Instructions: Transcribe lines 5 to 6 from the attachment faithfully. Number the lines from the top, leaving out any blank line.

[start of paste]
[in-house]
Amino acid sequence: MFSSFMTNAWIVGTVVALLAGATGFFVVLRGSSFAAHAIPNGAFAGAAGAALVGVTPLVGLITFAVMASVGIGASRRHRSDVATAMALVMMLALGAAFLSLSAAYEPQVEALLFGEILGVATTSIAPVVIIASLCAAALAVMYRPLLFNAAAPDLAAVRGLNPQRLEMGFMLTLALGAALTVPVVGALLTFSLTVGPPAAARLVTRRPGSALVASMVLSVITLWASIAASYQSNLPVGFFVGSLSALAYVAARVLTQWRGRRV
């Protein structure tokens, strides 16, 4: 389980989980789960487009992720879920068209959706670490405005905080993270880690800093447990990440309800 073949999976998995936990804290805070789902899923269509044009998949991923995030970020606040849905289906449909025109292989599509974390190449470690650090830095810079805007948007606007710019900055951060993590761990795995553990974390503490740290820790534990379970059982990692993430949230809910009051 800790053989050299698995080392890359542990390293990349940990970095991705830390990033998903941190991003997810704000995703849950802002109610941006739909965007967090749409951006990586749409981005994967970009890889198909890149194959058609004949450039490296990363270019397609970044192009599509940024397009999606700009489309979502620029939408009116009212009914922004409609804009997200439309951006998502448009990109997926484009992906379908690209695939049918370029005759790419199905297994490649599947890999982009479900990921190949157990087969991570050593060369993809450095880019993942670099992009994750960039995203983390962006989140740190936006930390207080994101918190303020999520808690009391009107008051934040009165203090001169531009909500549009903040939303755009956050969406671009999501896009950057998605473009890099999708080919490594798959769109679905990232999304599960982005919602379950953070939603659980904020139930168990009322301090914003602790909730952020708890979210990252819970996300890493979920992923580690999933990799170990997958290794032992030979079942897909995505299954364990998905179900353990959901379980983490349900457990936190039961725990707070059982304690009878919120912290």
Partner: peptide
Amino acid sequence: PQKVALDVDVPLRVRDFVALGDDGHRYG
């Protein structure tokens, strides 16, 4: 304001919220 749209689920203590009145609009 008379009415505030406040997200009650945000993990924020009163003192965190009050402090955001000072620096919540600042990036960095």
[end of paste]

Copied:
Amino acid sequence: PQKVALDVDVPLRVRDFVALGDDGHRYG
């Protein structure tokens, strides 16, 4: 304001919220 749209689920203590009145609009 008379009415505030406040997200009650945000993990924020009163003192965190009050402090955001000072620096919540600042990036960095």